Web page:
Three European countries expressed support for a Swedish company’s large-scale offshore wind power project that is trying to tap the European Commission’s 4.5-billion euro ($6.48 billion) clean energy fund.
Hexicon Corp. has earlier sought support from Sweden, Malta, and Cyprus for the financing of its offshore wind technology, which puts together turbines and other applications for wind and wave power on a floating platform.
The technology is vying, along with 15 other wind projects, for the money generated from the sale of 300 million carbon allowances by the European Union Emissions Trading Scheme. The sale of these carbon allowances is expected to raise 4.5 billion euros to 9 billion euros that will be made available for up to three projects per member state.
The Swedish Energy Agency, the Malta Resources Authority, and the Ministry of Agriculture, Natural Resources and Environment of Cyprus evaluated the technology. They approved the project based on criteria of feasibility and low risk level.
The approval of the three countries will be significant for the qualification of the technology during the final process of choosing the winning projects.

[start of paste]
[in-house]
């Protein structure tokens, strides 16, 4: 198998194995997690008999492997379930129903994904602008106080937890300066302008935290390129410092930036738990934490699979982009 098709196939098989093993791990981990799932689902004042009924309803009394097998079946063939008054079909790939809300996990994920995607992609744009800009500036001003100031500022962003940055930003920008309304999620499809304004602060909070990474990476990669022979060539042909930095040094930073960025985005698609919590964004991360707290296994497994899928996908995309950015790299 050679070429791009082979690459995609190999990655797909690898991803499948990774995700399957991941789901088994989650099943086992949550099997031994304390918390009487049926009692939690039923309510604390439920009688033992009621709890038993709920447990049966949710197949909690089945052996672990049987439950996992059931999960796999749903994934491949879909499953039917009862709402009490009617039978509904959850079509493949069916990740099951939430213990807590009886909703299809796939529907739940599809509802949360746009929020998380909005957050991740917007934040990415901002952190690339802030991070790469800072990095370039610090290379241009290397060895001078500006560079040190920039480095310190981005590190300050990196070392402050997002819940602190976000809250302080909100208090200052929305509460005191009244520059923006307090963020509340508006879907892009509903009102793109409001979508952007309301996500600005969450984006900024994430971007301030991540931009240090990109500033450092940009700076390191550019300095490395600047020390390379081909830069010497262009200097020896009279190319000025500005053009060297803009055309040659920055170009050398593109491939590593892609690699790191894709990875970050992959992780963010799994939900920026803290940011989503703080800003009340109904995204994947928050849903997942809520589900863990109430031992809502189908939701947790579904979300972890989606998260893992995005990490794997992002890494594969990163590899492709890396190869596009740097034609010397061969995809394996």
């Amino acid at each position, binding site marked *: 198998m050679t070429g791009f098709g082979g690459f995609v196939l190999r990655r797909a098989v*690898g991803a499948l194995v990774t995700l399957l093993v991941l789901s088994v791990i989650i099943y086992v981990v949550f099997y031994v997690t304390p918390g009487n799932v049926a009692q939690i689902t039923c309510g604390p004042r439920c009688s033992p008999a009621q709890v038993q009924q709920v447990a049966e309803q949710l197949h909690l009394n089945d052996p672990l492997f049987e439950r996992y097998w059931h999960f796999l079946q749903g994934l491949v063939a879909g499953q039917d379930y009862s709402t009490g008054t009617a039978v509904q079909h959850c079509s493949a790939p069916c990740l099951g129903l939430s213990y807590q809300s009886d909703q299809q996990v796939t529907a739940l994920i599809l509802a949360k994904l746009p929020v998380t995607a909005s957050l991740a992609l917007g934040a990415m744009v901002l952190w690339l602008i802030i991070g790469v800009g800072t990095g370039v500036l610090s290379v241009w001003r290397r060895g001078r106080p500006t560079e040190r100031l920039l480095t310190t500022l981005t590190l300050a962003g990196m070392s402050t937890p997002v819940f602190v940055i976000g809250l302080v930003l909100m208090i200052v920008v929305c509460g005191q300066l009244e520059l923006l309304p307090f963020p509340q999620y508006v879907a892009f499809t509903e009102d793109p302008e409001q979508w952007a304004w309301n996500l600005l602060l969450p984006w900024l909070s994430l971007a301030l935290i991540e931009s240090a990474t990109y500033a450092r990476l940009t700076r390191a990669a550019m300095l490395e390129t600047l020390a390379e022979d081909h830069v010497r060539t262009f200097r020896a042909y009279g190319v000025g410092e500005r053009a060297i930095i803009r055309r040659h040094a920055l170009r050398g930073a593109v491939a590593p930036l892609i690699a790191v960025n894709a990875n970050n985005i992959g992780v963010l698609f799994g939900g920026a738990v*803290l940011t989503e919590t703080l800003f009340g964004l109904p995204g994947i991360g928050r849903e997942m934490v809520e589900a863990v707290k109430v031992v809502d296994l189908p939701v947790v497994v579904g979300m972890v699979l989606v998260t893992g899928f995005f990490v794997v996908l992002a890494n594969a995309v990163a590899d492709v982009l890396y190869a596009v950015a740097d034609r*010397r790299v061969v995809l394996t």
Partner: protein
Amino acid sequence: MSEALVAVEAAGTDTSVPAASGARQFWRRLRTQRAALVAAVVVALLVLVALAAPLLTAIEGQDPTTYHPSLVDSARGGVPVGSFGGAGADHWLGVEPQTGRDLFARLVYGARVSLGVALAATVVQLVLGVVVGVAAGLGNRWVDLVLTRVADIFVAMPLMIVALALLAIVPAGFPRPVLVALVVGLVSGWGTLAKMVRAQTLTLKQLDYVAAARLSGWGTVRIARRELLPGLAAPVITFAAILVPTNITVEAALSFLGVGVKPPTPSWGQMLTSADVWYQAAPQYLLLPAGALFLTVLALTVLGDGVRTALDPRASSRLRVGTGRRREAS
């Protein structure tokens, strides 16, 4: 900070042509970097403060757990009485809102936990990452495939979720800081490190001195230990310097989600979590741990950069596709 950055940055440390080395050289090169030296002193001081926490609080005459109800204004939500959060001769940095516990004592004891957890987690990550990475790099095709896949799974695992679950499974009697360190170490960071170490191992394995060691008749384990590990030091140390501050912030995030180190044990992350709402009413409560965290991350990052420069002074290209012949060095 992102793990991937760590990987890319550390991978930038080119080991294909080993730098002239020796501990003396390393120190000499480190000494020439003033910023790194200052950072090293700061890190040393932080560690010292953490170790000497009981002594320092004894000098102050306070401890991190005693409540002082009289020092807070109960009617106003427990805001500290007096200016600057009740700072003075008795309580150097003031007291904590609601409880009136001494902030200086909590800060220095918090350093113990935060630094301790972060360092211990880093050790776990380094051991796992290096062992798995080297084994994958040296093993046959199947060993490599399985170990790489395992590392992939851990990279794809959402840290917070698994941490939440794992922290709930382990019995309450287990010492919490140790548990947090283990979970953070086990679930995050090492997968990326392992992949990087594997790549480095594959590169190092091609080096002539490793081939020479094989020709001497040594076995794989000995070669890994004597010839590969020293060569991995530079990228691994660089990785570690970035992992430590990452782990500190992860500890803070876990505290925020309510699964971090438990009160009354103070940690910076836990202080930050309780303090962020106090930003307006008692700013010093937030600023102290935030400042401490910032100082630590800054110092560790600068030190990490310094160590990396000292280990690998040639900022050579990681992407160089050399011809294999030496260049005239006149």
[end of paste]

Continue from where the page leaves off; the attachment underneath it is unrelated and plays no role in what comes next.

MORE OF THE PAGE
The commission decided to fund at least eight carbon capture and storage facilities and 34 renewable energy projects, which are then categorized into wind, bioenergy, concentrated solar power, photovoltaic, geothermal, ocean and distributed renewable management.
We are now looking forward to advance into the construction phase and together with our partners take the next step towards the launch of a first Hexicon platform,” said Hexicon’s chief executive officer Anders Tunbjer.
There are 78 proposals for carbon capture and storage facilities and renewable energy projects that were submitted to the Commission. Of the total, majority of the projects were under the bioenergy and wind energy categories.
Thirteen carbon capture and storage facilities and 65 renewable energy projects are now under consideration.
Britain is one of the countries which occasionally tap the 4.5-billion euro fund. The British government submitted a dozen clean energy projects, seven of which are carbon capture and storage facilities, four are marine energy projects, and one of which is a wind energy venture, for approval.
The European Investment Bank will now evaluate the projects, which will run for nine months. The bank will then consult the European Union Climate Change Committee, which will then vote for the projects they will support.
The decision is expected to come out mid next year.